First stop the bleeding

April 29, 2009

The recesion is like an outgoing tide, uncovering lots of ship wrecks in its wake. 

Half finished projects, cost overruns that were easily able to be hidden, and atrocious practices that were exceptionally useful when it was all about getting product out the gate - but they are suddenly a liability now that we are all focused inwards on cost control and shrinking profit margins.

It's easy to panic. Heck it is  a natural human reaction to panic and blame anyone near you who isn't panicking! At the very least it is hard to k now exactly where to start.

The recesion is like an outgoing tide, uncovering lots of ship wrecks in its wake. 

Half finished projects, cost overruns that were easily able to be hidden, and atrocious practices that were exceptionally useful when it was all about getting product out the gate - but they are suddenly a liability now that we are all focused inwards on cost control and shrinking profit margins.

It's easy to panic. Heck it is  a natural human reaction to panic and blame anyone near you who isn't panicking! At the very least it is hard to k now exactly where to start.

It doesn't seem overwhelming - it IS overwhelming. Too many urgent issues, rising levels of important issues, and nowhere near enough money, time or expertise to deal with all of them.

So where to start? First...stop the bleeding.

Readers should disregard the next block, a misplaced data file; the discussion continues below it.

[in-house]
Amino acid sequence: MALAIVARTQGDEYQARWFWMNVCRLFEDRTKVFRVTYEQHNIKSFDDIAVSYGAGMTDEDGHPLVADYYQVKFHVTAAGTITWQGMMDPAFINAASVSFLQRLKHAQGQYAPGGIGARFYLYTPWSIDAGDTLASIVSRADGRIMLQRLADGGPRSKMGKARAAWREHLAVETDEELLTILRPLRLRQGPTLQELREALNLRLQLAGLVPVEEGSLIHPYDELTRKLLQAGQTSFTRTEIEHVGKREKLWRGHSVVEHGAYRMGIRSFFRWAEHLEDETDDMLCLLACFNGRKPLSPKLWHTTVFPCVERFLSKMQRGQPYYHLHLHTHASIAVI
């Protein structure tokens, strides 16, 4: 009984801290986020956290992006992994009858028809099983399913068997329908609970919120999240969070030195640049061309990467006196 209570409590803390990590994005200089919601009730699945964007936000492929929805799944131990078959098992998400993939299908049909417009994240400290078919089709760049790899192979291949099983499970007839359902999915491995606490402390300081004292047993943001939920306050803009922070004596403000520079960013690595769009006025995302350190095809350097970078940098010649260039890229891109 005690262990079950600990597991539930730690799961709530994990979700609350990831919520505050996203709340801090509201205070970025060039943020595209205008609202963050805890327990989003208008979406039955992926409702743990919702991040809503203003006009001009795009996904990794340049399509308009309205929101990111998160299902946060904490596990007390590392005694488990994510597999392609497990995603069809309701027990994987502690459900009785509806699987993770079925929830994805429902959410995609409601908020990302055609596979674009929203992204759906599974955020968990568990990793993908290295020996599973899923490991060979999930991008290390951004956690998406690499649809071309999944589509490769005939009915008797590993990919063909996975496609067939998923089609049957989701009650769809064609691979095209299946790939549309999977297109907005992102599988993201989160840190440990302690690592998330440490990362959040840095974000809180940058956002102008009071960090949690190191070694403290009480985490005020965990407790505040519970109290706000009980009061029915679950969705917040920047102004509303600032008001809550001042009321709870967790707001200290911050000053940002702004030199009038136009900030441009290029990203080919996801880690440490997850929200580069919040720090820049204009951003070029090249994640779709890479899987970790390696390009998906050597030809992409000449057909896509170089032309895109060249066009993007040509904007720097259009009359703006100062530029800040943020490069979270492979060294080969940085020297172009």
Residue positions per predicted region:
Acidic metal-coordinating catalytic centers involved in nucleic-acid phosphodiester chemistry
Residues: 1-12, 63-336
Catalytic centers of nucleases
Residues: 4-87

What hurts most? Where is the pain the most acute? What is distracting us from taking care of the really important issues?

It could be staff turnover, or chronic failures of a part of the plant, cost overruns in standard maintenance practices, or a severely bloated inventory. In fact, it could be anything from asset eprformance, to staff numbers through to business processes and controls. 

Pick on, the one that really stands out, the one that will draw attention once it is under control, and deal with it comprehensively.

Once the urgent issues have been bought u nder control then you are free of distractions to deal with the important issues. (Like whole-of-life asset management, zero based budgeting and so on)

Once the urgent issues are tamed our bosses start putting pressure on us about how to make the business better and stronger, rather than merely how to survive.

It makes life a lot easier...

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